1 April 2022

Join the dots and fill the gaps

At the forefront of the response in Ukraine, individuals, community-based organisations and local partners are overcoming enormous challenges to ensure people’s basic needs are met. Local and national authorities, the United Nations, the International Red Cross and Red Crescent Movement, international and local NGOs are providing essential services to civilians affected by the violence. In the face of enormous needs, NGOs are scaling up the humanitarian response in Ukraine and in neighboring countries.

The operational challenges are substantial.

Respecting our values as a globally distributed and locally rooted network with an outreach of 8,000 NGOs worldwide, the International Council of Voluntary Agencies (ICVA) is building upon local capacities for humanitarian assistance and investing in the coordination architecture to prevent gaps or duplication in the Ukraine humanitarian response. Our members are working with refugees, internally displaced and host communities, and ensuring the response remains shaped by and accountable to crisis-affected populations.

Invited by Philea in March to join an online conversation on the respective and collective efforts in response to the Ukrainian crisis, I then shared six priorities:

  1. Support an adaptive approach to planning, funding and implementation. The needs differ from one region to another in Ukraine and in the neighbouring countries. The circumstances evolve rapidly, and our intervention should be built with the flexibility to adapt to changes of the external environment and from feedback from affected populations. Real-time learning should be coupled with flexible rapid funding mechanisms.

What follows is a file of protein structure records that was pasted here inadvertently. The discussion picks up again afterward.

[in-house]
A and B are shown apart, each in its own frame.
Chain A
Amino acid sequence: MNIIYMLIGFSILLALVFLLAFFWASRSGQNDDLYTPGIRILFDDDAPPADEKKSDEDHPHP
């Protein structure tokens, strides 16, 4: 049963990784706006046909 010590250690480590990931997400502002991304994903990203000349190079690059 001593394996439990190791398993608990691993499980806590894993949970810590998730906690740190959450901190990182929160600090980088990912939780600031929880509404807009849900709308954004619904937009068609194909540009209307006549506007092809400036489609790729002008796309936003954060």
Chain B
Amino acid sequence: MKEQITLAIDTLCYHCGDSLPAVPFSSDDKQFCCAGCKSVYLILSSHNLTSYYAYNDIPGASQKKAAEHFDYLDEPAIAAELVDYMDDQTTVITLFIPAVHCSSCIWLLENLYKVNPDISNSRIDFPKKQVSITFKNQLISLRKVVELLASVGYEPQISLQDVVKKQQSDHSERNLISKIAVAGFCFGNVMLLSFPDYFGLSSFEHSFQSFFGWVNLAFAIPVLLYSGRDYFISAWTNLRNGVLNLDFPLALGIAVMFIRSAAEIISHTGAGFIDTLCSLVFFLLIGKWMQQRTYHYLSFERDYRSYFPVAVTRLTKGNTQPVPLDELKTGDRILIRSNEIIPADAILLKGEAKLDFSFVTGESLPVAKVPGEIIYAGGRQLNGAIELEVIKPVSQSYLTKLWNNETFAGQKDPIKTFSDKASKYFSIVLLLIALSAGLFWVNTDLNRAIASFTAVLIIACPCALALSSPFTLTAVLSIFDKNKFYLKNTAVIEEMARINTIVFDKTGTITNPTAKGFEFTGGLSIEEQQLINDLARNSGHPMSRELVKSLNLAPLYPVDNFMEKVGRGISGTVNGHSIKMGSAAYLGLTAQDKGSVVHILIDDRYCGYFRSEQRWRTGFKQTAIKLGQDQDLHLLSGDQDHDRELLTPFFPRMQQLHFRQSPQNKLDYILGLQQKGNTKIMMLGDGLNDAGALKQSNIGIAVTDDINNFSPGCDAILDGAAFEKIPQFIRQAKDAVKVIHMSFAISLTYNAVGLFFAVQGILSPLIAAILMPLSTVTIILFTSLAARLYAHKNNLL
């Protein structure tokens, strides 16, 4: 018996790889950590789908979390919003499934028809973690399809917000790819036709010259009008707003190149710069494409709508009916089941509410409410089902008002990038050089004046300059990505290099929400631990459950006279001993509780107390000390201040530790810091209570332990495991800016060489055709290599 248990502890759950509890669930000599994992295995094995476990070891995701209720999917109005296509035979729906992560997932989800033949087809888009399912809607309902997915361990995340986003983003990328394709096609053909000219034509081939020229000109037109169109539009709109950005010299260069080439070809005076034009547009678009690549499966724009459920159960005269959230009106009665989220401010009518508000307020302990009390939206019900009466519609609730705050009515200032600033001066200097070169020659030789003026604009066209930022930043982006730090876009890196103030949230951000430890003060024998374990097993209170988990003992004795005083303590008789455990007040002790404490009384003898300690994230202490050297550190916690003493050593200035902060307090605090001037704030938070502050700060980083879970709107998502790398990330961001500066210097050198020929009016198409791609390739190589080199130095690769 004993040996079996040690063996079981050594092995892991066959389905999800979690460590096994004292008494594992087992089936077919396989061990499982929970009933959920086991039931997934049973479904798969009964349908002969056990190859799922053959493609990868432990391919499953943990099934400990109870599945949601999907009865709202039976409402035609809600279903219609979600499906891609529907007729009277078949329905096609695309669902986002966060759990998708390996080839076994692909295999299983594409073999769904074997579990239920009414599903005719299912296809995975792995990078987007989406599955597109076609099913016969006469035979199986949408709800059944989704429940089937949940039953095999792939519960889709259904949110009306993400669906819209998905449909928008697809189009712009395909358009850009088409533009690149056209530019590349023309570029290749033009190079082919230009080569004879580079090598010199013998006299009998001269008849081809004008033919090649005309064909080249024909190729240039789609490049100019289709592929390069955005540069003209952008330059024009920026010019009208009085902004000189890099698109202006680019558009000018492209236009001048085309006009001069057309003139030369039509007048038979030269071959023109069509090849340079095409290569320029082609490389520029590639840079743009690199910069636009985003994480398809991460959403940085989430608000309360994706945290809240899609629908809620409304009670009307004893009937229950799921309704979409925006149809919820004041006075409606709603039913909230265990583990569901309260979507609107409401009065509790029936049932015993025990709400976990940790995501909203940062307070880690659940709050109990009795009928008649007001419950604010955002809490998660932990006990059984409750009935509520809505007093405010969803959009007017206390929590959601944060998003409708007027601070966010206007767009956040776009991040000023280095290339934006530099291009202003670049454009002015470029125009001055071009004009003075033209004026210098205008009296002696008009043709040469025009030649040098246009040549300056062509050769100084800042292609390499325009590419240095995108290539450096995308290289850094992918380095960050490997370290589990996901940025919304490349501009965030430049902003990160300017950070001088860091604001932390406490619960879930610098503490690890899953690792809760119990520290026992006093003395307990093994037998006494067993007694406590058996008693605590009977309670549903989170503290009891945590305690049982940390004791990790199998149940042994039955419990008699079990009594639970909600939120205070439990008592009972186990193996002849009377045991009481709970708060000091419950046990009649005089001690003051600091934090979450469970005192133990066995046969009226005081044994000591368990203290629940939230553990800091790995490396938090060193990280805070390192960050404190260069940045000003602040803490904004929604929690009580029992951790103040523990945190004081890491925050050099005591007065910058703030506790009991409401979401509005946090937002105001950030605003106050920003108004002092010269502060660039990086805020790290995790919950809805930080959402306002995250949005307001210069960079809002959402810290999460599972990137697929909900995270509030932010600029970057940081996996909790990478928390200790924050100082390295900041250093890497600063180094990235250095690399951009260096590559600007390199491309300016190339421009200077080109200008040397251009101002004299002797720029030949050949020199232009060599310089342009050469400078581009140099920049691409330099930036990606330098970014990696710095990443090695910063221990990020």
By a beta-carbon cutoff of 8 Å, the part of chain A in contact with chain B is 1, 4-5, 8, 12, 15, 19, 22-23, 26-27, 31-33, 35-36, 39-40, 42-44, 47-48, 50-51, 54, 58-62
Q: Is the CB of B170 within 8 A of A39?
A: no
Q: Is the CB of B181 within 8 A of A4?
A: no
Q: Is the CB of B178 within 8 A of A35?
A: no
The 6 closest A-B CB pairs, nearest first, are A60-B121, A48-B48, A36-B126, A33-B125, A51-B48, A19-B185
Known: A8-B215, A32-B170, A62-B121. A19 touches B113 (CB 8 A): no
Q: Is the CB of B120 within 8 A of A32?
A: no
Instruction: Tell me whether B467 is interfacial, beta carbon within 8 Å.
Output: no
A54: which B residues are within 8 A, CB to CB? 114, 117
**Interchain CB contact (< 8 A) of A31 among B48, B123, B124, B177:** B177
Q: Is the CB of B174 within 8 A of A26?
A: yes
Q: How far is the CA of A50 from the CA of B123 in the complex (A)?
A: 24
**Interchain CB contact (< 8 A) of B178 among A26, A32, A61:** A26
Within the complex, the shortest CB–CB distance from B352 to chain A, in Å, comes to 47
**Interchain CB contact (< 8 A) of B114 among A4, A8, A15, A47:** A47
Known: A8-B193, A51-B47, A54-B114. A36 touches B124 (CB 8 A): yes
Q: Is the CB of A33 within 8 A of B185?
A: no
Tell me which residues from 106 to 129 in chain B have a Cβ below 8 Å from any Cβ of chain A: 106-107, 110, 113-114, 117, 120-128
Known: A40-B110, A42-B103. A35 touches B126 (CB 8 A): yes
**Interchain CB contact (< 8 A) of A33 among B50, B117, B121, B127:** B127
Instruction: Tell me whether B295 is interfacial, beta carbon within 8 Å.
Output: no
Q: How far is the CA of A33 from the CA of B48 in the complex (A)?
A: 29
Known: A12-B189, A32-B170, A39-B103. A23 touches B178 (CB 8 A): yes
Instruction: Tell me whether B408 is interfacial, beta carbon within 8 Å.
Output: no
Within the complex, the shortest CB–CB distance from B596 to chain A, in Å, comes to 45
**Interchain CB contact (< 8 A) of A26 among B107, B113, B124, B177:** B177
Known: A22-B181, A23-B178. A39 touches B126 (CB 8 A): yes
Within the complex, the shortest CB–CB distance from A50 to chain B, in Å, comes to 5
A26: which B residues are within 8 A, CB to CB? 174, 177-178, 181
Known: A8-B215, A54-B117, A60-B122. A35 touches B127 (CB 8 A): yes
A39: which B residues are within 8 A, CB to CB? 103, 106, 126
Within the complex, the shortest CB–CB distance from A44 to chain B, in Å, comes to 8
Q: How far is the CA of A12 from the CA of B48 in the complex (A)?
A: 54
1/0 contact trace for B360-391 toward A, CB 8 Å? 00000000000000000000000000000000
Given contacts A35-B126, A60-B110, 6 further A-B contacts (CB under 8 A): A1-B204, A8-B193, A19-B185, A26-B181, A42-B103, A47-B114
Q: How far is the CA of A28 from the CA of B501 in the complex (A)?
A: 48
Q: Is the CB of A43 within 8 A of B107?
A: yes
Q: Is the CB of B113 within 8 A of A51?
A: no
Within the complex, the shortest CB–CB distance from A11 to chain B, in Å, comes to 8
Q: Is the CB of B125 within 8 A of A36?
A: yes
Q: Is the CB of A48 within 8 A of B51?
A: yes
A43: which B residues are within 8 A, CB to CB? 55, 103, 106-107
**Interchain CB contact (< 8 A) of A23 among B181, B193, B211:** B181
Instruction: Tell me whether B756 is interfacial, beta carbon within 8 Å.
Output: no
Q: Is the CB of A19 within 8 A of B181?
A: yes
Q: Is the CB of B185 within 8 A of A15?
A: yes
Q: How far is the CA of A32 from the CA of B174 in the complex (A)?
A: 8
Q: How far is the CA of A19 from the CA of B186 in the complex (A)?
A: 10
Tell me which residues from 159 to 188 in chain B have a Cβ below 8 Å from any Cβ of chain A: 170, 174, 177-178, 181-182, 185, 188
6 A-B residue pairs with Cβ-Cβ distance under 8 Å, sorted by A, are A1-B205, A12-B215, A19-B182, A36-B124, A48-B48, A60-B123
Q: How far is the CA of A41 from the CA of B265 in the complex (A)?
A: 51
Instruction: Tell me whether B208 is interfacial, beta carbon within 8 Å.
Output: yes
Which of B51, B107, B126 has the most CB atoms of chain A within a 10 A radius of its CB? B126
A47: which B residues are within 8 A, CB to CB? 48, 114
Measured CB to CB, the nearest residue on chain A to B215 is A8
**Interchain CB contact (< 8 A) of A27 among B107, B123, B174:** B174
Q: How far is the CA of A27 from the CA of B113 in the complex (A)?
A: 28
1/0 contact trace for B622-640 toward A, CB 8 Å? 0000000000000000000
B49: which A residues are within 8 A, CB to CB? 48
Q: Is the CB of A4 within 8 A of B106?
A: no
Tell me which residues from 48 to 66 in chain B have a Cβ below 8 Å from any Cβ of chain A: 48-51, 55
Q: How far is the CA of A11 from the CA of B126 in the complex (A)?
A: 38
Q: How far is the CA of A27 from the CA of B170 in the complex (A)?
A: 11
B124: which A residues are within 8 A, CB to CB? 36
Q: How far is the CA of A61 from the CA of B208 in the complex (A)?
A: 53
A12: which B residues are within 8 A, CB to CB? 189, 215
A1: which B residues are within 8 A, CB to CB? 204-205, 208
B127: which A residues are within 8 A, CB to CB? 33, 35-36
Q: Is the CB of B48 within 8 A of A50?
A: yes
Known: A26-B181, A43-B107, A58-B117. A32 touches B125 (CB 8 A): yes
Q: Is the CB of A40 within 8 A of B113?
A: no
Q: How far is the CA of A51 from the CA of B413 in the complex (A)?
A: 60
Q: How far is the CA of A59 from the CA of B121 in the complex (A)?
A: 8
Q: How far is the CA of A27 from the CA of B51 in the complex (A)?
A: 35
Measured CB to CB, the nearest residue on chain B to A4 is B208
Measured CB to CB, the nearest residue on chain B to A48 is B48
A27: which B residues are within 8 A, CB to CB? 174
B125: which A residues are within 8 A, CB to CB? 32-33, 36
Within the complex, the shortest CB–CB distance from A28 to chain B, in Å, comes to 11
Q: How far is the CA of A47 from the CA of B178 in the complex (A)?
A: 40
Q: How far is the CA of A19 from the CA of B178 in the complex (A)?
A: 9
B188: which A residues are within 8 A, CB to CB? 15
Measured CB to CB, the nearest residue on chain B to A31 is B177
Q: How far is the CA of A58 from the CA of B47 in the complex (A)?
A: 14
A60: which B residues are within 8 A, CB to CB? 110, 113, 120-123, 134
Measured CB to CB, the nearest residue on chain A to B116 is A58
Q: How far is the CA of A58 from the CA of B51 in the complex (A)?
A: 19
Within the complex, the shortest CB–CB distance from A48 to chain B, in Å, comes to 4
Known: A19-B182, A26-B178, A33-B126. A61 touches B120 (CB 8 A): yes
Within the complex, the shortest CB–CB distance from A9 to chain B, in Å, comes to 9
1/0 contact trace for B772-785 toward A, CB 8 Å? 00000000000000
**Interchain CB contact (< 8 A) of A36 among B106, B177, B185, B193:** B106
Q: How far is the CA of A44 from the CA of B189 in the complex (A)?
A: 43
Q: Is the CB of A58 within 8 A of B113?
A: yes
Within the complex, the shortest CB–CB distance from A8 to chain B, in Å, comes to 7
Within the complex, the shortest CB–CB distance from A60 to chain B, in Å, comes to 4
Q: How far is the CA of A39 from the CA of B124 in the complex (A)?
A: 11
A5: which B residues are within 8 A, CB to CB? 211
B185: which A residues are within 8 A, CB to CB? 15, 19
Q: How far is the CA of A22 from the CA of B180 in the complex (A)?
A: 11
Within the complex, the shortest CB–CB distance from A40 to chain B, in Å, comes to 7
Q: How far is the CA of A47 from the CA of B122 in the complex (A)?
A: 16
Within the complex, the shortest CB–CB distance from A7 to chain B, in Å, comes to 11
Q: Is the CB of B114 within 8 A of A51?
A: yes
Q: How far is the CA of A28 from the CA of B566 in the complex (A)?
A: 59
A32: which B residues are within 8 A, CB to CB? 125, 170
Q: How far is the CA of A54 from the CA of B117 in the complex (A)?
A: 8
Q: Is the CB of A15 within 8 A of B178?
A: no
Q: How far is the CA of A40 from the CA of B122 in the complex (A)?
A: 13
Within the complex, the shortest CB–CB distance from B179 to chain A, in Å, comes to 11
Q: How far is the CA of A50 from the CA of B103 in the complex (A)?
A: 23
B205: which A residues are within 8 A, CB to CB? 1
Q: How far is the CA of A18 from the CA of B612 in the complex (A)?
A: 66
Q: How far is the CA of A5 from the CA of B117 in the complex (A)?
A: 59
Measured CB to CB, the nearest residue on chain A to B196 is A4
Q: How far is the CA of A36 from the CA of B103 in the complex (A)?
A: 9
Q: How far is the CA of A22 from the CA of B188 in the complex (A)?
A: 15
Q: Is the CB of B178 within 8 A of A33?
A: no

2. Anticipate that the situation will lead to a large-scale protracted displacement and refugee crisis. We are confronted with the development of a long-running humanitarian crisis. As humanitarian actors, we must manage the prospects and perspectives for them to be conducive, realistic and honest.
  3. Collectively manage the narrative amongst humanitarian actors and with donors and political actors around the realities and complexities of humanitarian access in these environments and what is required to facilitate this. We are facing a situation where the volume of funding available for the coming months is not the main barrier with the UN appeal and INGO appeals generally well-funded so far. But weeks into the response, we are confronted with a very insecure and complex operating environment, particularly in the East.
  4. Create an enabling environment for humanitarian responders to engage in coordination mechanisms, to be inclusive and foster participation of local and national actors and prioritise accountability to affected populations. ICVA has reinforced its team in supporting NGO coordination to ensure as much as possible that humanitarian assistance is responsive to local inputs and expertise.
  5. Collectively support locally led humanitarian action as being essential for flexible and appropriate humanitarian response. This involves changing funding modalities and the approach to risk sharing. We should be mindful that local organisations themselves change, emerge, perhaps some will disappear as the situation changes. International agencies need to find ways to support these efforts and be collaborative to minimise the risks of duplication and of competition in securing partners best able to deliver.
  6. Call for and extend the same leadership and solidarity shown in response to Ukraine across all humanitarian crises globally. ICVA is concerned about the risk of diversion of attention and funding from other responses. This is combined with the implications of the Ukraine crisis on countries already experiencing humanitarian crises, countries, for instance, dependent on wheat imports disrupted by the crisis. Our food security experts are raising the alarm bells.

Ensuring that aid reaches all those in greatest need, without discrimination, that humanitarian needs are financed, and that adequate investments are made in preparedness and mitigation requires our collective leadership to join the dots and fill the gaps.


Ignacio Packer
Executive Director, International Council of Voluntary Agencies - ICVA